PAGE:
You would think, wouldn’t you, that the people who run hedge funds would want to hire the most talented traders and analysts to work at their firm. You would think that hedge-fund customers would insist upon such a thing. You would think that hedge-fund hiring departments would scour the world, looking for smart people who have creative and interesting ideas about how to manage money — how to create those market-beating returns while controlling risk.
Except… none of this is true.
In fact, the world of hedge funds is bizarrely insular. If you do not live in New York, if you do not live in London, if you did not win the birth lottery by being born in an English-speaking country, if you did not go to Harvard, if you did not get a job at Goldman… well, then, good luck getting a job at a hedge fund. I suppose you can apply, but… don’t let the door hit you on the way out.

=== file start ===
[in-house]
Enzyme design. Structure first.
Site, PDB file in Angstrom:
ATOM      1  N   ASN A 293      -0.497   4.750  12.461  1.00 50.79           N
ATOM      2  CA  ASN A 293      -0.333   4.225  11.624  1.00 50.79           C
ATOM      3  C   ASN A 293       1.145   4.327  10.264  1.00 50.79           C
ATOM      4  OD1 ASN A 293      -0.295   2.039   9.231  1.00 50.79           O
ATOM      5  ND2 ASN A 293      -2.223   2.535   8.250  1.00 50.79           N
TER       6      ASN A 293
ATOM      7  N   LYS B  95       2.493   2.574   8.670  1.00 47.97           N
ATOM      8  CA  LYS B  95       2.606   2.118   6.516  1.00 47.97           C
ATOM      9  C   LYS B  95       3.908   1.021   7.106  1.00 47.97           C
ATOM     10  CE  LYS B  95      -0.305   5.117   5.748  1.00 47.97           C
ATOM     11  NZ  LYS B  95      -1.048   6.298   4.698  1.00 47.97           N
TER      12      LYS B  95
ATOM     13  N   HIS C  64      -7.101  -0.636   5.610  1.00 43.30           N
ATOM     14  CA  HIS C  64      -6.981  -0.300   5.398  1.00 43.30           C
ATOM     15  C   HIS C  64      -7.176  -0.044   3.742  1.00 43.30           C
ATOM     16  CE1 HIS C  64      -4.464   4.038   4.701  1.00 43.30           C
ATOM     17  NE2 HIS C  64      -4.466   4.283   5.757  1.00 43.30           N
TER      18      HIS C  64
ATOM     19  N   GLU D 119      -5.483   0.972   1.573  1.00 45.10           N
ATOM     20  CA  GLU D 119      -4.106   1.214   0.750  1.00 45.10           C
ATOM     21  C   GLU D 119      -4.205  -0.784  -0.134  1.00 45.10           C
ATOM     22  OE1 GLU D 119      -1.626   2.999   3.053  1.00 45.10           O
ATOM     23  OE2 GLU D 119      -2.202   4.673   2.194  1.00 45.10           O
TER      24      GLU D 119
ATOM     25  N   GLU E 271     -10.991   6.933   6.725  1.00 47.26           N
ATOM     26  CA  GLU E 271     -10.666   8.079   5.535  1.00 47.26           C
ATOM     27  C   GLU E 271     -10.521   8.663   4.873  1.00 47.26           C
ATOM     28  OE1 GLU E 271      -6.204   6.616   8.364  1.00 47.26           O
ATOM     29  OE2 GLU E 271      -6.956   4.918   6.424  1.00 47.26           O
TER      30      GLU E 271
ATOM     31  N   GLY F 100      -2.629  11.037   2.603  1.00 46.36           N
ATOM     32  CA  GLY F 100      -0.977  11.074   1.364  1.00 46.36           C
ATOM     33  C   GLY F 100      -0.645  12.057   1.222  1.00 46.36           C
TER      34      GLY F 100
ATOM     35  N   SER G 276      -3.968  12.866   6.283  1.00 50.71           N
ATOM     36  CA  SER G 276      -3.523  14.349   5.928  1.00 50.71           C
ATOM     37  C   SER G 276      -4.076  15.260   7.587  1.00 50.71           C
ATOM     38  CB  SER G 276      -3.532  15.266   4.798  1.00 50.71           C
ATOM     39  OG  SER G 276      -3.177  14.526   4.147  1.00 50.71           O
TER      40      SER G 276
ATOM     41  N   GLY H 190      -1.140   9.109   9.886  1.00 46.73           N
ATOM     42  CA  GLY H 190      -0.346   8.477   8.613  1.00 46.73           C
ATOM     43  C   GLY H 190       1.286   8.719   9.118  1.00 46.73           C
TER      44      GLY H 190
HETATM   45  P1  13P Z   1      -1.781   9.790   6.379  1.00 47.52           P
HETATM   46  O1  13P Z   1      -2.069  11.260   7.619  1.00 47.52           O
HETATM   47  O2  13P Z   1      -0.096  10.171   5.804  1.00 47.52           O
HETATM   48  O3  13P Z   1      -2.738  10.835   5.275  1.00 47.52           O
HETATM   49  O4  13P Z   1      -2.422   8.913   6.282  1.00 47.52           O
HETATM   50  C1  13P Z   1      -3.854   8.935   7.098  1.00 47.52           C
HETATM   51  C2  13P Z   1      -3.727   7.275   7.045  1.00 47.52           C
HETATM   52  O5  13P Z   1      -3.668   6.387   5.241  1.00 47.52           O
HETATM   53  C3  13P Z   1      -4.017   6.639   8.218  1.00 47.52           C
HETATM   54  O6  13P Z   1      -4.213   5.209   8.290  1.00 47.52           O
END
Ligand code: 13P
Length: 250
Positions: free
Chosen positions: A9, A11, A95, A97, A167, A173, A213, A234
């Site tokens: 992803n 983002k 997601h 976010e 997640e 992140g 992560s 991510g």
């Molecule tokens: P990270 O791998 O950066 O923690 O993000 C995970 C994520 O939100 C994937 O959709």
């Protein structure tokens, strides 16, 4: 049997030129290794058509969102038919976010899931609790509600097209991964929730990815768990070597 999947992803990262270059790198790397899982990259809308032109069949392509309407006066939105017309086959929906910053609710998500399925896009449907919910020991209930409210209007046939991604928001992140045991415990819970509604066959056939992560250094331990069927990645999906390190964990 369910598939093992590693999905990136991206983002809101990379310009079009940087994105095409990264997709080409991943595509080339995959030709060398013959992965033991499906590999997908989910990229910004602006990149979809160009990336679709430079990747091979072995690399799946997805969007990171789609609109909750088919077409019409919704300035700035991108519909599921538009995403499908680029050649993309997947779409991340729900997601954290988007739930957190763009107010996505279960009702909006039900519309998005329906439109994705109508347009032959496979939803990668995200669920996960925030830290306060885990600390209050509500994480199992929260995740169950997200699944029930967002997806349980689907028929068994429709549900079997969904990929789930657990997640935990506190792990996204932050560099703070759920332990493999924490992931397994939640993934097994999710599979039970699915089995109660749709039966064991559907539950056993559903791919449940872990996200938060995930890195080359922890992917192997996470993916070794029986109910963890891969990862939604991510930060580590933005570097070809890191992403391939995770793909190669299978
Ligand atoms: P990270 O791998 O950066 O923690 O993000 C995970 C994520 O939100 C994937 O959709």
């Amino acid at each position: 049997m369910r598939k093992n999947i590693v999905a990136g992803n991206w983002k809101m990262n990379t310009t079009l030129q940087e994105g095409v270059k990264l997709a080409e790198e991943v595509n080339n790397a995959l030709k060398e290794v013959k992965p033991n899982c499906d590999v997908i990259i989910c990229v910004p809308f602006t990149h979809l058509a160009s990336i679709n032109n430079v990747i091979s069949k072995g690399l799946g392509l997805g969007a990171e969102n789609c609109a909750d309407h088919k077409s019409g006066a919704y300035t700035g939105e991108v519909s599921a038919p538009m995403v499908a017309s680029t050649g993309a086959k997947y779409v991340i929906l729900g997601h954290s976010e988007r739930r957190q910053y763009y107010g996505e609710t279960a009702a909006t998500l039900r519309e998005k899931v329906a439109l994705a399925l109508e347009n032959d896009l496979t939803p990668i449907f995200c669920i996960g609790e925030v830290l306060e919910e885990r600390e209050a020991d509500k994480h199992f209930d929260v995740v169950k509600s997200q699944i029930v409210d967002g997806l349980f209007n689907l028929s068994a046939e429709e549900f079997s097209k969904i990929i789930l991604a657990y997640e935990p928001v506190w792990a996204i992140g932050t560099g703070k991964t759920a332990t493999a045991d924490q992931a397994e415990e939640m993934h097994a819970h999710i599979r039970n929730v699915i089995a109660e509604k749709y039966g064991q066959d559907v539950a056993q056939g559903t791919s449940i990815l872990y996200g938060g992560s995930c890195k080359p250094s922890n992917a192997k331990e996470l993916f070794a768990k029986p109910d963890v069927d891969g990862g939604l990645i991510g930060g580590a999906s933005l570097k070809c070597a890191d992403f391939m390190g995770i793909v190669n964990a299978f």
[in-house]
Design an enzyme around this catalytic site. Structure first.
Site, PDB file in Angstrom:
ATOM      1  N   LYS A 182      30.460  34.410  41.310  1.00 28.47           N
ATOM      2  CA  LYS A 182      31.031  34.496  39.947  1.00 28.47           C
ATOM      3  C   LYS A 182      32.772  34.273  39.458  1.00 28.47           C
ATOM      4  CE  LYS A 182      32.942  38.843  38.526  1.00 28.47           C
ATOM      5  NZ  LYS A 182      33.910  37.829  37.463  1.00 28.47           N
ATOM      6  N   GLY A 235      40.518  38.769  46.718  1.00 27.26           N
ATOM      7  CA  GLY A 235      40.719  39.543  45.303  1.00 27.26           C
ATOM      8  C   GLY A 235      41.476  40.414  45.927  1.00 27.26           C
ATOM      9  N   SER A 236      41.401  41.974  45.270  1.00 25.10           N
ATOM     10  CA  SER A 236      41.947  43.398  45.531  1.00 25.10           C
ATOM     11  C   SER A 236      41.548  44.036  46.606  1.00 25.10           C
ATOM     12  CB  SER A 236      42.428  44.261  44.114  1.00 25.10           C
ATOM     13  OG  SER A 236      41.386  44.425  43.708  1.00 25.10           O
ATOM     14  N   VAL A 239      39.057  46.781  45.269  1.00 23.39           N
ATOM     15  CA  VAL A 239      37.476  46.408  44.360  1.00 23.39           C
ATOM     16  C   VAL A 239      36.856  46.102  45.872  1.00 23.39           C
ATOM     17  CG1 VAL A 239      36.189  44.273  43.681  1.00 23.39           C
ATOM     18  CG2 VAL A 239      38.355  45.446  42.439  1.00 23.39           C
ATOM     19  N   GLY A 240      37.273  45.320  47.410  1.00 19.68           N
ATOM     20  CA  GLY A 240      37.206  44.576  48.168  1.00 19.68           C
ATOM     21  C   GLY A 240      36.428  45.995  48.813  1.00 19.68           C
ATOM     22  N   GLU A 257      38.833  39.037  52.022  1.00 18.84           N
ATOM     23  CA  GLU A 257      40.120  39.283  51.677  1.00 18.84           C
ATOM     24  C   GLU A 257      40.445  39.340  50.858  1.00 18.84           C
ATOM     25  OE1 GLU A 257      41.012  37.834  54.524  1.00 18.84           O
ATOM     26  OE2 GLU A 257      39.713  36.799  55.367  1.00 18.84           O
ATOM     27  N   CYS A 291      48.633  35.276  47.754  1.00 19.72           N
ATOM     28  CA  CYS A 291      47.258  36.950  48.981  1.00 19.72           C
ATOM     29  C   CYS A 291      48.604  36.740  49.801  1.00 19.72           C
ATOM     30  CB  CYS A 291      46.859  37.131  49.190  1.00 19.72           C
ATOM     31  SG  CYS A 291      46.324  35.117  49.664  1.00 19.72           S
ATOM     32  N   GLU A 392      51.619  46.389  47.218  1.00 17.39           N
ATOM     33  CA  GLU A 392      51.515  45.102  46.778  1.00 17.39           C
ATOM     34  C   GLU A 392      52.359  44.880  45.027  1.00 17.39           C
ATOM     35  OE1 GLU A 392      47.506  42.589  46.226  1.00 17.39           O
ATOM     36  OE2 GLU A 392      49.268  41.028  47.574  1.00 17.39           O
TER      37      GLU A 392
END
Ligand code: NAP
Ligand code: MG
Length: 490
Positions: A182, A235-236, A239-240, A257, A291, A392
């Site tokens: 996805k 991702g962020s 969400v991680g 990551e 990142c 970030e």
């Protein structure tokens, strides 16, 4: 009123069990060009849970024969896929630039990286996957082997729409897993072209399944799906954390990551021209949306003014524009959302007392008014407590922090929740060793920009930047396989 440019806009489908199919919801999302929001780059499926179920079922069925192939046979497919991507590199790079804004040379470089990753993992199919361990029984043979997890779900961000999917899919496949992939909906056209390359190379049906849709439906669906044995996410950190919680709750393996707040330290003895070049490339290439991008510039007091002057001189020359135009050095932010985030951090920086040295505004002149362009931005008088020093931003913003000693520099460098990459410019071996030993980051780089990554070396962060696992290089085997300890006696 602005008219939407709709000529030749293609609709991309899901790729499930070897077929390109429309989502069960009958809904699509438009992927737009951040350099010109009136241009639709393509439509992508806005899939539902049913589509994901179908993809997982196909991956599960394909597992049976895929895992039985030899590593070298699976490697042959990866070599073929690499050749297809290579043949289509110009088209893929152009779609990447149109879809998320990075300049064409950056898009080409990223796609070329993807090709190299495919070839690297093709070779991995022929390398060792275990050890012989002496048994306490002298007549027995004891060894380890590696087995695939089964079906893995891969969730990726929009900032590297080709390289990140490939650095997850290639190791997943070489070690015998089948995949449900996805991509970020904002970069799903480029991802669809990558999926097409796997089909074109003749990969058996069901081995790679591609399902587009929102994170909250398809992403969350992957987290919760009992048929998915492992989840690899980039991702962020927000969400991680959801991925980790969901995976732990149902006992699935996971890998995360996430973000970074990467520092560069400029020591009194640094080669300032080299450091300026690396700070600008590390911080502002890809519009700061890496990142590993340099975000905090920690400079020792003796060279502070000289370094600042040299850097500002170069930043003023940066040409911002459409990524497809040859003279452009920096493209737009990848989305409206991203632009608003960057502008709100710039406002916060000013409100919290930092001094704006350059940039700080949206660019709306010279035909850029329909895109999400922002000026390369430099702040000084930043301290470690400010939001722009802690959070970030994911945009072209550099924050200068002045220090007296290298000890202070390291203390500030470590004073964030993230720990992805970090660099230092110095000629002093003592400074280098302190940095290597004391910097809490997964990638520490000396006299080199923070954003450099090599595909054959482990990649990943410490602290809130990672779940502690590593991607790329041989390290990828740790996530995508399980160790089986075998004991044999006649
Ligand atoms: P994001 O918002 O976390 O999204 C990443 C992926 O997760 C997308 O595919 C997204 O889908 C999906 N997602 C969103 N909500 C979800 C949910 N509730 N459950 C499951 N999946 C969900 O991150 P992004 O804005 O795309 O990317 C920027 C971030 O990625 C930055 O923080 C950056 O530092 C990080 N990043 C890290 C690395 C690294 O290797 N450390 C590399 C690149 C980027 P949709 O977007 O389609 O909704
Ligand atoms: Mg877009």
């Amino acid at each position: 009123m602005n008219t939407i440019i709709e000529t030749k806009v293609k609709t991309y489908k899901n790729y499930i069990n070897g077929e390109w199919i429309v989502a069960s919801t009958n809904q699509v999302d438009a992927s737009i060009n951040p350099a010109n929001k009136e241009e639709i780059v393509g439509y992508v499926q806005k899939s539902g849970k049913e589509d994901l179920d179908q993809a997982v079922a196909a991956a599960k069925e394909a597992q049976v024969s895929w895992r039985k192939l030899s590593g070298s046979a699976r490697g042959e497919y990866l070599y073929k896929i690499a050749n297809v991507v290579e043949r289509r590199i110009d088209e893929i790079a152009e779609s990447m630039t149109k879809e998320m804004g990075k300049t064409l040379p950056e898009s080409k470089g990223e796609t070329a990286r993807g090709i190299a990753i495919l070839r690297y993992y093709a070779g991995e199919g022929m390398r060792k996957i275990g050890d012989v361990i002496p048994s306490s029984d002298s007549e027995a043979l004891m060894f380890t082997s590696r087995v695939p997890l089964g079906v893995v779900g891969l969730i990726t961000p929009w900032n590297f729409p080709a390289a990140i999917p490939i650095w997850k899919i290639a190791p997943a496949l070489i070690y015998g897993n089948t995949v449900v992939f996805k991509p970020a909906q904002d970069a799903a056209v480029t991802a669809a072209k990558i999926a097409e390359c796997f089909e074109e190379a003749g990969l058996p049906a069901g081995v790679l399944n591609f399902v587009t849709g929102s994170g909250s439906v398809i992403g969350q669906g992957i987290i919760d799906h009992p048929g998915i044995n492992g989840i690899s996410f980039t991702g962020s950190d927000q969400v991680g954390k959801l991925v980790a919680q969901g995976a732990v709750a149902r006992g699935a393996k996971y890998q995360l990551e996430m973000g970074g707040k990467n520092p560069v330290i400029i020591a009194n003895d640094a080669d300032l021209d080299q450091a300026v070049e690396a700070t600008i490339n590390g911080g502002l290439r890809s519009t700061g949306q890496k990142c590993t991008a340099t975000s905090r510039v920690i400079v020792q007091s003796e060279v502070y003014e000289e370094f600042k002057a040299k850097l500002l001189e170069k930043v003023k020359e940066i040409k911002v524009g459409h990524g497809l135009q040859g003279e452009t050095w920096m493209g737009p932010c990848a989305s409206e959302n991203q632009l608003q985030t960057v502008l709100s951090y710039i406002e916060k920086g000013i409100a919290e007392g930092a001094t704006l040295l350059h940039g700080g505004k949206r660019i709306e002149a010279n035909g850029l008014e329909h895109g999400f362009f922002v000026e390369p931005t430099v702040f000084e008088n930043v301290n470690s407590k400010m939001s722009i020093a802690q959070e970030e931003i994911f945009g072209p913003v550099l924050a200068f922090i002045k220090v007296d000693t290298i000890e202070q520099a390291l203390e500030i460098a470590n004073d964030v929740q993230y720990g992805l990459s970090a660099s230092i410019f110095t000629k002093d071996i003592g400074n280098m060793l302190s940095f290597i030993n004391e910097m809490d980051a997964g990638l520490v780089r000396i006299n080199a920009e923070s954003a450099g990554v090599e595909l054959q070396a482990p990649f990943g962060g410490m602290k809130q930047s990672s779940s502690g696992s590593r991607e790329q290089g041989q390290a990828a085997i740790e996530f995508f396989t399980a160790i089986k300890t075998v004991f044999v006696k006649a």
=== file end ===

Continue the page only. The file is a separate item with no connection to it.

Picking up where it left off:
Which is strange, when you think about it, because all those qualities: where you live, what language you speak, what name is on your diploma, whether you held a job at Goldman Sachs — all of those things are entirely unrelated to how you will perform as a trader or investor.
In other words, the hedge-fund industry operates as if it thinks all hair-cutters must hold Literature Ph.D.’s from the Sorbonne.
Everyone in the industry knows this is absurd — that the performance of any new hire is orthogonal to where a person went to school, or even if he did; or to where a person held her last job.
I’ll take this a step further. Really smart hedge-fund operators ought to know that hiring one more me-too Harvard ex-Goldman prop trader will generate, at best, me-too performance. Every Goldman clone will have similar “ideas,” will look in the same places for financial opportunities, will pile into the same lame trades, will follow the same stampeding herd.